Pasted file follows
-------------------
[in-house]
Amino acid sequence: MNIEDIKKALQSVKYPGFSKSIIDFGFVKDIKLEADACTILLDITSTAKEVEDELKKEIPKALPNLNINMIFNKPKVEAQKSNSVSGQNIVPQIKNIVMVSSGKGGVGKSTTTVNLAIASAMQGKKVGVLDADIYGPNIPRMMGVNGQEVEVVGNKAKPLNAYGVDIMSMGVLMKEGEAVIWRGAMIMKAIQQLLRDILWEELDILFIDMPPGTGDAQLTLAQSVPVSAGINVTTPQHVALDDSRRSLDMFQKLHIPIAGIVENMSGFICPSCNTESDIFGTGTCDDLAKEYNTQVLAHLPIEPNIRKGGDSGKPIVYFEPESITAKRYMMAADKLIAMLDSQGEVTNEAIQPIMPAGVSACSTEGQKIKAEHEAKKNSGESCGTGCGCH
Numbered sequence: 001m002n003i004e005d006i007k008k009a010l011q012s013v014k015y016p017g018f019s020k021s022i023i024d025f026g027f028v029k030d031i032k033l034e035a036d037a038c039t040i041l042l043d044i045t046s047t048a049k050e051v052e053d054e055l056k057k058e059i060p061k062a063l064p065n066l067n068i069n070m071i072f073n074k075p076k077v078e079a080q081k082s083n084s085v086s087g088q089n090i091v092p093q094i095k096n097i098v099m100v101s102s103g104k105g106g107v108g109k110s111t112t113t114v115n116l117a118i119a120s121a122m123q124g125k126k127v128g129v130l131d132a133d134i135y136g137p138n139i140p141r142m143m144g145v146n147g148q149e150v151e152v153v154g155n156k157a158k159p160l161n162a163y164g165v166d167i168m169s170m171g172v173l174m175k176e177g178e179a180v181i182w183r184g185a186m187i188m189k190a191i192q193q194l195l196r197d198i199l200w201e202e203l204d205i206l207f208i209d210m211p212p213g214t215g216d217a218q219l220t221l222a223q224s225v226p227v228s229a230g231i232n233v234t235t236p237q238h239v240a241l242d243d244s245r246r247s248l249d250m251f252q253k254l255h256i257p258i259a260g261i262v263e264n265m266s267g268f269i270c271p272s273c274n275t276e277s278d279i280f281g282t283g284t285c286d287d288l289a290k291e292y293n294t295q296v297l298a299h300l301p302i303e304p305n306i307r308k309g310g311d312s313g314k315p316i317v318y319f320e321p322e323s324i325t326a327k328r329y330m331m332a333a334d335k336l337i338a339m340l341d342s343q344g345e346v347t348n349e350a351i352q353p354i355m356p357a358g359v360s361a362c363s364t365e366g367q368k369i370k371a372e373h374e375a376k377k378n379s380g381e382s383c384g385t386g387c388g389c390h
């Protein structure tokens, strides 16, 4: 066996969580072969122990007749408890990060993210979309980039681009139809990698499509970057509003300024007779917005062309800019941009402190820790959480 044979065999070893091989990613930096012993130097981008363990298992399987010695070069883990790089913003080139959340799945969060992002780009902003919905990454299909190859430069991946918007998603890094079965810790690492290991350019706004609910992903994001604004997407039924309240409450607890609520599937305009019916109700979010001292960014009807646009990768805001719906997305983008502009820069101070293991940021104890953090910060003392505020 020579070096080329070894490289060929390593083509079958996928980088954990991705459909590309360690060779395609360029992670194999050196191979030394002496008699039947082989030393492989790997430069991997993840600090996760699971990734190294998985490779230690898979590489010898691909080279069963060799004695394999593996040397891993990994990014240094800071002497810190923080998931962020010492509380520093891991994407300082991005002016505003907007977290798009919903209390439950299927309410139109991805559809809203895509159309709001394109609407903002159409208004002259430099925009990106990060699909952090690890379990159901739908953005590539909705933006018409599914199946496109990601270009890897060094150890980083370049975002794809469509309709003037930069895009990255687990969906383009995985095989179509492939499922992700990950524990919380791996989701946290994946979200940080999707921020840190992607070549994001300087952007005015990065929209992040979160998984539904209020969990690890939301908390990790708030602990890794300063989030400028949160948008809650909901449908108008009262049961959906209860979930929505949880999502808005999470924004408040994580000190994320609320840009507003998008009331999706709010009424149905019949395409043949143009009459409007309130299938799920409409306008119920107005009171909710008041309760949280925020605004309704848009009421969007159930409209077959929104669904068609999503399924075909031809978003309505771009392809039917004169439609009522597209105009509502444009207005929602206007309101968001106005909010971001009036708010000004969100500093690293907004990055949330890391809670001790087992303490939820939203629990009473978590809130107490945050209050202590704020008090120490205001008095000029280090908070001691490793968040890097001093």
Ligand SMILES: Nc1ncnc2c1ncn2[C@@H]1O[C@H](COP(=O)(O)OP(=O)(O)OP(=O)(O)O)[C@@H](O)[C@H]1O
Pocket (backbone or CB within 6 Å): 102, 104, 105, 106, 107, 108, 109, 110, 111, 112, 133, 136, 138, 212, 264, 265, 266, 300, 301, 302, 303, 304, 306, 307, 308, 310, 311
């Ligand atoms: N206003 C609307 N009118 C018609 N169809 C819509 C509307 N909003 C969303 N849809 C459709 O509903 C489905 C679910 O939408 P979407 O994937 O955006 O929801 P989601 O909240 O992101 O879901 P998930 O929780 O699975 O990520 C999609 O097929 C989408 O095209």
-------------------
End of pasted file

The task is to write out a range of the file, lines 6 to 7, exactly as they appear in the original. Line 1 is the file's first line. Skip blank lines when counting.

Pocket (backbone or CB within 6 Å): 102, 104, 105, 106, 107, 108, 109, 110, 111, 112, 133, 136, 138, 212, 264, 265, 266, 300, 301, 302, 303, 304, 306, 307, 308, 310, 311
């Ligand atoms: N206003 C609307 N009118 C018609 N169809 C819509 C509307 N909003 C969303 N849809 C459709 O509903 C489905 C679910 O939408 P979407 O994937 O955006 O929801 P989601 O909240 O992101 O879901 P998930 O929780 O699975 O990520 C999609 O097929 C989408 O095209």